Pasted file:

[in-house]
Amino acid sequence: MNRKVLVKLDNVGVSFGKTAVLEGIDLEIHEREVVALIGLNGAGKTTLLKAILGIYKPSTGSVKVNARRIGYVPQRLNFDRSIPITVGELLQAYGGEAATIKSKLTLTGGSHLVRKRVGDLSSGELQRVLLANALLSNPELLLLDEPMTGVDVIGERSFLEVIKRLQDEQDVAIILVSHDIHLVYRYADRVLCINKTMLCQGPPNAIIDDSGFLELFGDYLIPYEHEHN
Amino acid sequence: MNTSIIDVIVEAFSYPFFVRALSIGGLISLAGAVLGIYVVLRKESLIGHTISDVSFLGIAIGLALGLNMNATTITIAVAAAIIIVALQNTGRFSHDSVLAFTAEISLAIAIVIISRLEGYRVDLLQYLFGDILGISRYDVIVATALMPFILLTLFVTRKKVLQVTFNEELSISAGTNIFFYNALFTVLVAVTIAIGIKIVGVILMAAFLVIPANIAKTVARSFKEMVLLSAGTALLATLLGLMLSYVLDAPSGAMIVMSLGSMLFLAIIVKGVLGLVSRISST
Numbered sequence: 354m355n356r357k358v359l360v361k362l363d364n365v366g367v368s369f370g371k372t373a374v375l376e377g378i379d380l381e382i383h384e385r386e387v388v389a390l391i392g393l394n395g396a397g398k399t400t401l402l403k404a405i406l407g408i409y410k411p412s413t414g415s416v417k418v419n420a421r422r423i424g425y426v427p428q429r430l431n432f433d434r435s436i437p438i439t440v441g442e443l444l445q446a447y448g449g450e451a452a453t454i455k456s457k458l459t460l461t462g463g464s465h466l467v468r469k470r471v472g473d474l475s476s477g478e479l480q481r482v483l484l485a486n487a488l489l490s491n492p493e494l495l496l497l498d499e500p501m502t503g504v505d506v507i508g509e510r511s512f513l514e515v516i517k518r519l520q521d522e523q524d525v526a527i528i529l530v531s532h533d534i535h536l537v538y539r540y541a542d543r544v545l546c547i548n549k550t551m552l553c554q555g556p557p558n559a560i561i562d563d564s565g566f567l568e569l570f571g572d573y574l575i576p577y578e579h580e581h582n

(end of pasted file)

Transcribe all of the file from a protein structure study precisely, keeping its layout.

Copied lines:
[in-house]
Amino acid sequence: MNRKVLVKLDNVGVSFGKTAVLEGIDLEIHEREVVALIGLNGAGKTTLLKAILGIYKPSTGSVKVNARRIGYVPQRLNFDRSIPITVGELLQAYGGEAATIKSKLTLTGGSHLVRKRVGDLSSGELQRVLLANALLSNPELLLLDEPMTGVDVIGERSFLEVIKRLQDEQDVAIILVSHDIHLVYRYADRVLCINKTMLCQGPPNAIIDDSGFLELFGDYLIPYEHEHN
Amino acid sequence: MNTSIIDVIVEAFSYPFFVRALSIGGLISLAGAVLGIYVVLRKESLIGHTISDVSFLGIAIGLALGLNMNATTITIAVAAAIIIVALQNTGRFSHDSVLAFTAEISLAIAIVIISRLEGYRVDLLQYLFGDILGISRYDVIVATALMPFILLTLFVTRKKVLQVTFNEELSISAGTNIFFYNALFTVLVAVTIAIGIKIVGVILMAAFLVIPANIAKTVARSFKEMVLLSAGTALLATLLGLMLSYVLDAPSGAMIVMSLGSMLFLAIIVKGVLGLVSRISST
Numbered sequence: 354m355n356r357k358v359l360v361k362l363d364n365v366g367v368s369f370g371k372t373a374v375l376e377g378i379d380l381e382i383h384e385r386e387v388v389a390l391i392g393l394n395g396a397g398k399t400t401l402l403k404a405i406l407g408i409y410k411p412s413t414g415s416v417k418v419n420a421r422r423i424g425y426v427p428q429r430l431n432f433d434r435s436i437p438i439t440v441g442e443l444l445q446a447y448g449g450e451a452a453t454i455k456s457k458l459t460l461t462g463g464s465h466l467v468r469k470r471v472g473d474l475s476s477g478e479l480q481r482v483l484l485a486n487a488l489l490s491n492p493e494l495l496l497l498d499e500p501m502t503g504v505d506v507i508g509e510r511s512f513l514e515v516i517k518r519l520q521d522e523q524d525v526a527i528i529l530v531s532h533d534i535h536l537v538y539r540y541a542d543r544v545l546c547i548n549k550t551m552l553c554q555g556p557p558n559a560i561i562d563d564s565g566f567l568e569l570f571g572d573y574l575i576p577y578e579h580e581h582n